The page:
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Happiness through serious art

Lorraine Graves   Mar-08-2019

Catherine Adamson’s work, up close, gives a hint of the nature revealed from a distance.

Photo by Lorraine Graves


Few of us get the chance to re-assess our lives, decide priorities or change direction.

Sometimes the chance is a godsend, an opportunity that comes up. Other times it is forced upon us.

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When a time for reassessment came for Catherine Adamson, “I decided I would choose to be happy,” she says.

And part of that choice was, in middle life, to go to art school. A former Langley school trustee, PAC member and stay-at-home mom, Adamson made a choice to stretch her skills and perceptions.

Falling in love with the work of Jackson Pollock, Adamson puts her raw canvases flat on the floor or, for smaller works, on a table then dribbles different paints, letting each thin ribbon of colour dry before she builds up the images with other hues.

“It doesn’t leave much room for mistakes but they can be integrated into the work,” Adamson says, pointing out an unexpected little blob that was later integrated into the work.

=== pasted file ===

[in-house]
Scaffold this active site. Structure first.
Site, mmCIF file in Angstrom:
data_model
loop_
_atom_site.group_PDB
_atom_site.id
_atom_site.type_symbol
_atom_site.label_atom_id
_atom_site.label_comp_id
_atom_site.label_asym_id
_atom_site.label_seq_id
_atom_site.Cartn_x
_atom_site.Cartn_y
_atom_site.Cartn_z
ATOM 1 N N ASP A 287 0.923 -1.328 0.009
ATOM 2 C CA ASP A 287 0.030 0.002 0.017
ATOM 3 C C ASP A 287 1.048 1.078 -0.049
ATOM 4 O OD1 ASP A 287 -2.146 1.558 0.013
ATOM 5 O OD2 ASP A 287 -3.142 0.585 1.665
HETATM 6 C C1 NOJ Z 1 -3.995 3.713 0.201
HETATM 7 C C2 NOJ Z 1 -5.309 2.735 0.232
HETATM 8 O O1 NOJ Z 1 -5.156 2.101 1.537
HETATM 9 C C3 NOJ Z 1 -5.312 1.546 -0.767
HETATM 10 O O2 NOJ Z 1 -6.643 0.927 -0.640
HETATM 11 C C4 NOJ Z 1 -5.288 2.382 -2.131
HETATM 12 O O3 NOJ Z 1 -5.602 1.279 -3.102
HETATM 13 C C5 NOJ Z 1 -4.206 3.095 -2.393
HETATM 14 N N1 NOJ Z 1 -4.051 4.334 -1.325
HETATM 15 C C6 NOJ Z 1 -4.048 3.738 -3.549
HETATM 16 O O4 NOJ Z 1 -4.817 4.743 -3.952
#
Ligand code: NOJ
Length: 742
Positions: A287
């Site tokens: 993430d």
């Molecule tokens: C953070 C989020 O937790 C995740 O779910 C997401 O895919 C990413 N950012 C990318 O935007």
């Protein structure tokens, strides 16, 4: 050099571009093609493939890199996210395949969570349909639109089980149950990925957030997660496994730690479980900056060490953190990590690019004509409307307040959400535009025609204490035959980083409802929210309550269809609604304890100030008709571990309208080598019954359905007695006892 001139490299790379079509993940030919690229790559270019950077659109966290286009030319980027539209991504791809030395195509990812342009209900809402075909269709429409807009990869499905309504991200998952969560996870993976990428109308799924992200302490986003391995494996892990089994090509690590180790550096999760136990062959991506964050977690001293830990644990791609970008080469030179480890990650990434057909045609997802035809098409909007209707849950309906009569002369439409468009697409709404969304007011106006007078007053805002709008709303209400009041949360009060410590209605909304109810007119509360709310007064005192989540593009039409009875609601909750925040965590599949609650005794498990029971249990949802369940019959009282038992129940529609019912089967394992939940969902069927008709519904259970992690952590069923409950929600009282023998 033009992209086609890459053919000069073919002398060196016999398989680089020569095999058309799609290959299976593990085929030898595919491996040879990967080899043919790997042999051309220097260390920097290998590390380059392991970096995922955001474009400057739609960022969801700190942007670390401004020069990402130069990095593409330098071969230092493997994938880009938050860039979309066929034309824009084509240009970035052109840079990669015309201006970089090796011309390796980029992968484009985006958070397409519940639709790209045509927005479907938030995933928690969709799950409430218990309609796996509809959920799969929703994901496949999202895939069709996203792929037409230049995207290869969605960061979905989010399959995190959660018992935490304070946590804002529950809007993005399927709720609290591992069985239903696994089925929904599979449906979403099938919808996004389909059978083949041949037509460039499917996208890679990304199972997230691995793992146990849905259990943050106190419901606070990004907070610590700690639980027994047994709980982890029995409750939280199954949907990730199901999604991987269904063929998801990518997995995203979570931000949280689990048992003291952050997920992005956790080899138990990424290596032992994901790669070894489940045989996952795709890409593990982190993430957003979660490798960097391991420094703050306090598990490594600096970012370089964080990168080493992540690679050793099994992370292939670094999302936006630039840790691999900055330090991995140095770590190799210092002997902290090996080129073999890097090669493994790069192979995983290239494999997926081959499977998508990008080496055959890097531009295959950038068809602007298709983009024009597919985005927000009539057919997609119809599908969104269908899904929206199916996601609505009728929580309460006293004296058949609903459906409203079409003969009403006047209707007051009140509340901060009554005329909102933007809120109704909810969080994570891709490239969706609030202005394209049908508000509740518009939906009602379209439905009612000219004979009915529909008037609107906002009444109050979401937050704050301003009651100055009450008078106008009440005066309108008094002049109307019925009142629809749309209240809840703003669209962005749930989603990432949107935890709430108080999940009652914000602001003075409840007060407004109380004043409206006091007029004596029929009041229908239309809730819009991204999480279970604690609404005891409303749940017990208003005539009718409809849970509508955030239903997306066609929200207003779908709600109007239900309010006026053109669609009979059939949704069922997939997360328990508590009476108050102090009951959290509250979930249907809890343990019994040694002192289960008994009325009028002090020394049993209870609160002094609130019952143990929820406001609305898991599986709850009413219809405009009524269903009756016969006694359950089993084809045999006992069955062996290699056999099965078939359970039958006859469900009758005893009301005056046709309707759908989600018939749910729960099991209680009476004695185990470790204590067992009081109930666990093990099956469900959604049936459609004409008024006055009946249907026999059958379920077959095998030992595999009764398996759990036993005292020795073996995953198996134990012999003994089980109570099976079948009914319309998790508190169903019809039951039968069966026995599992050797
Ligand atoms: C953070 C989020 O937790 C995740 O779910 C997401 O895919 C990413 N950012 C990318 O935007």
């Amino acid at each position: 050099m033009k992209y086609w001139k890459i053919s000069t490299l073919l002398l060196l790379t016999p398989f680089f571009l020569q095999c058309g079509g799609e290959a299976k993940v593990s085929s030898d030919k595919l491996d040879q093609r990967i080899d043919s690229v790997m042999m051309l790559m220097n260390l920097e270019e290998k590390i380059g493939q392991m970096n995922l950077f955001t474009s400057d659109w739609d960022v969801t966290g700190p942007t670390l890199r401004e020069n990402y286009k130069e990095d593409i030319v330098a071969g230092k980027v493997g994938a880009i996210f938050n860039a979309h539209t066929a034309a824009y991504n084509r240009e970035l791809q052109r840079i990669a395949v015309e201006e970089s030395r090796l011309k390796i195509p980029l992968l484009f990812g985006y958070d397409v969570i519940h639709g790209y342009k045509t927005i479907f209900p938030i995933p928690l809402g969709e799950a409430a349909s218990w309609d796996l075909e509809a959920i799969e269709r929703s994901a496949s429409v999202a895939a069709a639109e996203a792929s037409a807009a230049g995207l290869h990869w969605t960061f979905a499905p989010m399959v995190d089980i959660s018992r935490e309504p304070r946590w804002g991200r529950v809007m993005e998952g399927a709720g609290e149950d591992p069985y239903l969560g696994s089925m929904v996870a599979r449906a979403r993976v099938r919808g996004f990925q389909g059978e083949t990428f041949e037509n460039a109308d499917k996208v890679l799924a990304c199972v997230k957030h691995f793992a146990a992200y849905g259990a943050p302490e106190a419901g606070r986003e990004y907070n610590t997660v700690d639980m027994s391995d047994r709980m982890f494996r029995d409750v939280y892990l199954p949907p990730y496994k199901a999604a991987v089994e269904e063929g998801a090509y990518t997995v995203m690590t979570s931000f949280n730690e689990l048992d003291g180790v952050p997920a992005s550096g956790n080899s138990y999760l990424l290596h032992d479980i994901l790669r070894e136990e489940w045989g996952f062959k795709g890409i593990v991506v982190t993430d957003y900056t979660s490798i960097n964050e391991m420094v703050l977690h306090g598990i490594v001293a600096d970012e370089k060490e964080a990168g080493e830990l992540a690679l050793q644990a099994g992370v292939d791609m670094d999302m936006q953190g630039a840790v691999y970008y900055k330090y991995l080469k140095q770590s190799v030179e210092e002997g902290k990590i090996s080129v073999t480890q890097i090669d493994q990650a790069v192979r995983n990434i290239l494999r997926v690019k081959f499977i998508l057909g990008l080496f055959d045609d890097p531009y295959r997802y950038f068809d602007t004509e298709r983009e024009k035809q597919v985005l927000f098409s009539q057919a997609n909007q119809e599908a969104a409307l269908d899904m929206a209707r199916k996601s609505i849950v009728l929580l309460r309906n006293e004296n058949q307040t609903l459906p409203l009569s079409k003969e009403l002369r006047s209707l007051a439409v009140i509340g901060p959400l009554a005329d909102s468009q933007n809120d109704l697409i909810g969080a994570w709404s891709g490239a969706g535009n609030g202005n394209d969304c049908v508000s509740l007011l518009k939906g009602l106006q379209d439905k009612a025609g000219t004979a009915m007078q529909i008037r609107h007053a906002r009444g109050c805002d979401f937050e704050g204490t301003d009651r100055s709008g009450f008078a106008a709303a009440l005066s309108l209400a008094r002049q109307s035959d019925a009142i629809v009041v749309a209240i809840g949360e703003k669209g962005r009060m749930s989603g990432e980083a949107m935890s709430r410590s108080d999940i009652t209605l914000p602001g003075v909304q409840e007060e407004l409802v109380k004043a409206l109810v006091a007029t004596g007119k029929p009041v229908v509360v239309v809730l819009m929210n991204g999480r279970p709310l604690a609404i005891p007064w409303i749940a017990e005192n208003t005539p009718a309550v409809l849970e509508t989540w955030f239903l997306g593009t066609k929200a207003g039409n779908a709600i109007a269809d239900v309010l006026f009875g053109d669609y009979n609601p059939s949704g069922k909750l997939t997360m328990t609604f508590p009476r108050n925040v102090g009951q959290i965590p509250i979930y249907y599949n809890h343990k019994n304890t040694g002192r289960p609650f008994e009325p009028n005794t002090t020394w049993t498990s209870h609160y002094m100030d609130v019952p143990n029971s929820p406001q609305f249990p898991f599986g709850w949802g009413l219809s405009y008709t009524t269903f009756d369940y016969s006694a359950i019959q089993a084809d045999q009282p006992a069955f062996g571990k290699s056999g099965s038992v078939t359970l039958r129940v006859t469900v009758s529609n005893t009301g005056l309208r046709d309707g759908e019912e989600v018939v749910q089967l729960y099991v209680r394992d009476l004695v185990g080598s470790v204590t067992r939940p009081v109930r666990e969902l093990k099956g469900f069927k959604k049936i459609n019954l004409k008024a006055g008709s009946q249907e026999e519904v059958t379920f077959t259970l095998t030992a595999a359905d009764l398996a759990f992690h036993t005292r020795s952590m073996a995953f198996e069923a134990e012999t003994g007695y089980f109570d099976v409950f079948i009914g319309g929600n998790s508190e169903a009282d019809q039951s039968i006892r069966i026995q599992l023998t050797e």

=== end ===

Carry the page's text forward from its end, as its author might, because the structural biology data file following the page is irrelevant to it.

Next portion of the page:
This is art with thought and depth, far from paint-by-number.

“I don’t sketch out the design ahead of time. I just do it as I go,” she says.

With each piece taking between a few hours and a month or more, the works have universal appeal through life’s ages and stages. Some of her pieces will fascinate small children while also enriching the lives of adults.

They are abstract up close but fully representative from a distance. Often drawing on themes from nature, flowers and grasses abound with each type of flower sparklingly clear from a distance, be they chrysanthemums or irises. Her fish, also looking like squiggled yarn drawings up close, seem to move through the eel grass when one takes a few steps back.

The opening saw many serious art collectors perusing Adamson’s work on display in the spacious Lipont Place. My companion for the evening saw a painting of fish they loved but the $6,500 price tag for the large piece was more than they could justify when their walls were already full at home.

When it comes to art, and wine, the rule is buy what you like and buy what you can afford. The smaller paintings are affordable for even a more modest collector’s budget but each evokes a clear emotion and scene.

Adamson’s choice to be happy shows in each canvas as it evokes a different mood from pensive to fun, moody to serene and even to joyous. Her choice is one we can all enjoy.

Catherine Adamson’s exhibit is up through March 28 at Lipont Place, across from Aberdeen Centre Skytrain station. Free admission and parking. Click for hours.


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